Tuesday, January 19, 2010

Fun Stuff Happens When You Post Behind

When you enter a limit hold em game, you have to post a big blind. You can do this from any position, but in the Bay Area you have three logical choices:

1. Your natural big blind.
2. Between the small blind and the button (the button skips you next hand).
3. In the cutoff, to the right of, or behind, button.

I typically choose option (2), and try to avoid (3). The problem with posting behind is that you just sat down, aren't really in the flow of the game, and are putting yourself into a position from which it is often strategically correct to play very aggressively with sub-standard hands. For example, if the action folds to you preflop, it becomes correct to raise with literally any two cards. This increased aggression can lead to tilt when things go poorly, which is no way to start a session. For the record, I got this from Tommy Angelo's book, and I have become quite convinced it's solid advice.

There's a problem though. As a prop you sometimes don't have unlimited time to enter a game; if a customer shows up before you've posted in, the floor can (and rightly should) ask you to surrender your seat. So sometimes these days I find myself posting behind, which brings me to last night.

I am fortunate enough to get in a 20 game right at the start of my shift, and on top of that Pete is in the game, making a late night appearance in honor of the holiday weekend and my banishment to vampire land. I post in the cutoff of an 8 handed game to ensure this situation doesn't get fubar and am dealt pocket 5s.

Pete opens UTG and the action folds to me. 55 is not enough to 3-bet him under normal circumstances; Pete is snug up front, and his post flop skills leave little room for me to get in a hand behind his range, even with position. But the post....the 4 chips I already have in play swing this decision from a fold to a raise. Calling would be an option with a few other stragglers in between, but with just Pete in the pot a 3-bet is mandatory. Things don't go well, though. The blinds both call and Pete caps it. This is gonna be expensive.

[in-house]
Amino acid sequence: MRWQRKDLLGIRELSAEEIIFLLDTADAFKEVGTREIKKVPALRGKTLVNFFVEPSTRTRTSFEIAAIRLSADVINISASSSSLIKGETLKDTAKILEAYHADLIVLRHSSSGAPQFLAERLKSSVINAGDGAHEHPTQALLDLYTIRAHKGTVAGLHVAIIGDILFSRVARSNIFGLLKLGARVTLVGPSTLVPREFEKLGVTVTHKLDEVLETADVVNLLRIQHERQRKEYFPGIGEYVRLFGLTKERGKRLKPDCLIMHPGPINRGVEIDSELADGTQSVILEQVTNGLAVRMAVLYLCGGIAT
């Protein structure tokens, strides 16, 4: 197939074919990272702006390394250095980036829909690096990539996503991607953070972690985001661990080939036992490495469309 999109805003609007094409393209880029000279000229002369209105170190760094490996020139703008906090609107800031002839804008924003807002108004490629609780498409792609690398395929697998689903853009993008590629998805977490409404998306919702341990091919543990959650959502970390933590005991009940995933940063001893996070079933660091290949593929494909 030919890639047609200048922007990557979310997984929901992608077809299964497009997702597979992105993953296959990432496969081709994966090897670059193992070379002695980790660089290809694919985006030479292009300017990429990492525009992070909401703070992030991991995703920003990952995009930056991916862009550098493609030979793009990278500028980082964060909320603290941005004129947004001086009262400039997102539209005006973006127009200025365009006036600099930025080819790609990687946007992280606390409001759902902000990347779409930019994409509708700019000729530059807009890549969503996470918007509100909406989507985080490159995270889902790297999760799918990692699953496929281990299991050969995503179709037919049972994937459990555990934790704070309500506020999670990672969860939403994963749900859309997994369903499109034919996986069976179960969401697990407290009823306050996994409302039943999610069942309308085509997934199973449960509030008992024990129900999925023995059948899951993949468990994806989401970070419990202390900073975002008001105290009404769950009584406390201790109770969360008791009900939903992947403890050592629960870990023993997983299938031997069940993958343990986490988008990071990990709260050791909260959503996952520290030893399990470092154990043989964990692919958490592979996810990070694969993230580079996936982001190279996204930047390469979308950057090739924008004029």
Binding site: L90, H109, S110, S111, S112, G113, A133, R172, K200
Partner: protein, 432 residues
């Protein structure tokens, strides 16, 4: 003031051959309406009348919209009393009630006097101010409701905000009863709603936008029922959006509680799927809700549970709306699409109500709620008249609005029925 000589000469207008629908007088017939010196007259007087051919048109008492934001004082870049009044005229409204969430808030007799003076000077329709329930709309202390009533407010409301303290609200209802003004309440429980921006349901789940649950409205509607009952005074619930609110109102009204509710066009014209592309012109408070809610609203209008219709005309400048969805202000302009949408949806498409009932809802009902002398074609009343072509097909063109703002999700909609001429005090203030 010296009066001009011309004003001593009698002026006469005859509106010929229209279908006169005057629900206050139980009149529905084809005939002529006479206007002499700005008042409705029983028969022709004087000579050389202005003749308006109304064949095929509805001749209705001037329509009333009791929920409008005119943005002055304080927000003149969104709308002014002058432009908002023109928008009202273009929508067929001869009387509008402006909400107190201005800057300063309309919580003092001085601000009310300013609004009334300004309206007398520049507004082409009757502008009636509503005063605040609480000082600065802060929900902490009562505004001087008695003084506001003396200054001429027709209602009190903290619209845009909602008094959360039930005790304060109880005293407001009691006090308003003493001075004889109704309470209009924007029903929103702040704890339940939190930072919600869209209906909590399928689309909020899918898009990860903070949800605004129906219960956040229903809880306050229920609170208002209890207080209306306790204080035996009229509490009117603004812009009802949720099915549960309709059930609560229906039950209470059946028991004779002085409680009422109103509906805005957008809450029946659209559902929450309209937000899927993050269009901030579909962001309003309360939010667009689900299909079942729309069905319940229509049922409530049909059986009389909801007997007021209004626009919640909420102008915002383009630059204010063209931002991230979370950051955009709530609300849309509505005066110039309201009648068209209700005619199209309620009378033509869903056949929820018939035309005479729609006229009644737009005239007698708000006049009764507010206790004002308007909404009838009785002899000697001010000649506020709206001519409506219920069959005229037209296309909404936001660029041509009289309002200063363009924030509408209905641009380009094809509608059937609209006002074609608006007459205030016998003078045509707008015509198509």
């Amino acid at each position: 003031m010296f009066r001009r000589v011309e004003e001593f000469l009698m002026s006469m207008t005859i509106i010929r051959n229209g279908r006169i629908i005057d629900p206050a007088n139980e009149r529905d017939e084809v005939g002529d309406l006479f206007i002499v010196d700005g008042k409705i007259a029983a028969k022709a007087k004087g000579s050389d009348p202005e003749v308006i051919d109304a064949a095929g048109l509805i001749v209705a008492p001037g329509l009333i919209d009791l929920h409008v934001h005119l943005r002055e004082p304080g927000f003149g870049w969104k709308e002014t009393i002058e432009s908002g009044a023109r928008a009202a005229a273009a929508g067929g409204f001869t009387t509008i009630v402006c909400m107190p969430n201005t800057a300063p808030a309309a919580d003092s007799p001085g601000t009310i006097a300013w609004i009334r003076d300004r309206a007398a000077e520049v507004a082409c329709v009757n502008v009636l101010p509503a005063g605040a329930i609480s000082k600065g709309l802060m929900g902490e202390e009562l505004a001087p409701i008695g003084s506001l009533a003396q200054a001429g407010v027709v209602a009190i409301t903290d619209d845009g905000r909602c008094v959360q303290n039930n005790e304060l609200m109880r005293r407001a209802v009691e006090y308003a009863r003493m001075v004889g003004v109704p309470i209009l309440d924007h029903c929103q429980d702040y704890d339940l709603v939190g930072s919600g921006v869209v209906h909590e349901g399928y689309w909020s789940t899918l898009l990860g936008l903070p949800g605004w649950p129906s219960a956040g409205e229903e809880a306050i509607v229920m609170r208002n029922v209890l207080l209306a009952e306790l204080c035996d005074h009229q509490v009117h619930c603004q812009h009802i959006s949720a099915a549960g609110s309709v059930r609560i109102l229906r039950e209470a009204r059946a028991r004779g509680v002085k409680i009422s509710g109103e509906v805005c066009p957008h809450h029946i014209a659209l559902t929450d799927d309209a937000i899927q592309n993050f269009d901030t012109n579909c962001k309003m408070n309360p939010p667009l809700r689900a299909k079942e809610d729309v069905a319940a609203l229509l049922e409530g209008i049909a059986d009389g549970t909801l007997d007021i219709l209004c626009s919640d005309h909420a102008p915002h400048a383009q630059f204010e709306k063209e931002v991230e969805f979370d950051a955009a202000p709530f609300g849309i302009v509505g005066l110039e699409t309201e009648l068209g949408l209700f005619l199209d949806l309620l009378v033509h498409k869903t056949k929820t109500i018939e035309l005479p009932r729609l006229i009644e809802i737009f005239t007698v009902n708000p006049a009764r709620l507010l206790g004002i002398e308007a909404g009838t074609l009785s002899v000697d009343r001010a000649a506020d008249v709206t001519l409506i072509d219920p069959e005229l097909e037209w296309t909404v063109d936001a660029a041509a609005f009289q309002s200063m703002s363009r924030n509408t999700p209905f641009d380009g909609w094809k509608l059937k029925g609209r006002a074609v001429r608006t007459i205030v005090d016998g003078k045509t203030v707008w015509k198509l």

A95r

And by expensive, I mean spectacular. The blinds check and Pete fires. I raise right away and the SB, Elvis (not of Oaks fame....the other Elvis) calls them cold. Pete thinks for a minute and just calls. To the turn.

A95r-7, putting 2 diamonds.

They check to me and I fire a shot with which I hope to take down the $440 pot. Instead Elvis calls and Pete raises. I tank for a second, partially for effect but also to consider my options, and then 3-bet. Elvis calls and Pete tanks before meekly tossing in 8 more chips. The pot has grown to 20 big bets, and I take a moment to relish all of Pete's dead money. His AK is likely drawing completely dead (unless he has the diamond varietal) and all I have left to do is dodge whatever bullshit draw Elvis is on (if he even has one and isn't drawing almost dead himself) and I'll be up over a rack on my first hand.

A95r-7d-3d

Elvis donks. Pete finds a fold with AKhh, and I pay off like a slot machine. Elvis rolls J8dd and as I reconstruct the action I realize the only hope I had to keep my $280 was to not post in the first place.

2 comments:

Yodaman said...

that 7d turn was the nuts card for him lol

Nick said...

Where I play, you cant post between, and so I often find myself in this situation that you and Tommy Angelo describe: facing a raise with money in the pot when i have position. I disagree with him that its an auto 3bet with almost any holding, im fine seeing a flop 3 or 4 ways for 2 bets, but then i often find myself raising the flop anyway when i have any peace. Ive taken his advice and started posting the BB when were 7 handed or less, but if its a full game, i cant bring myself to do it, and normally start the session going to war with crap.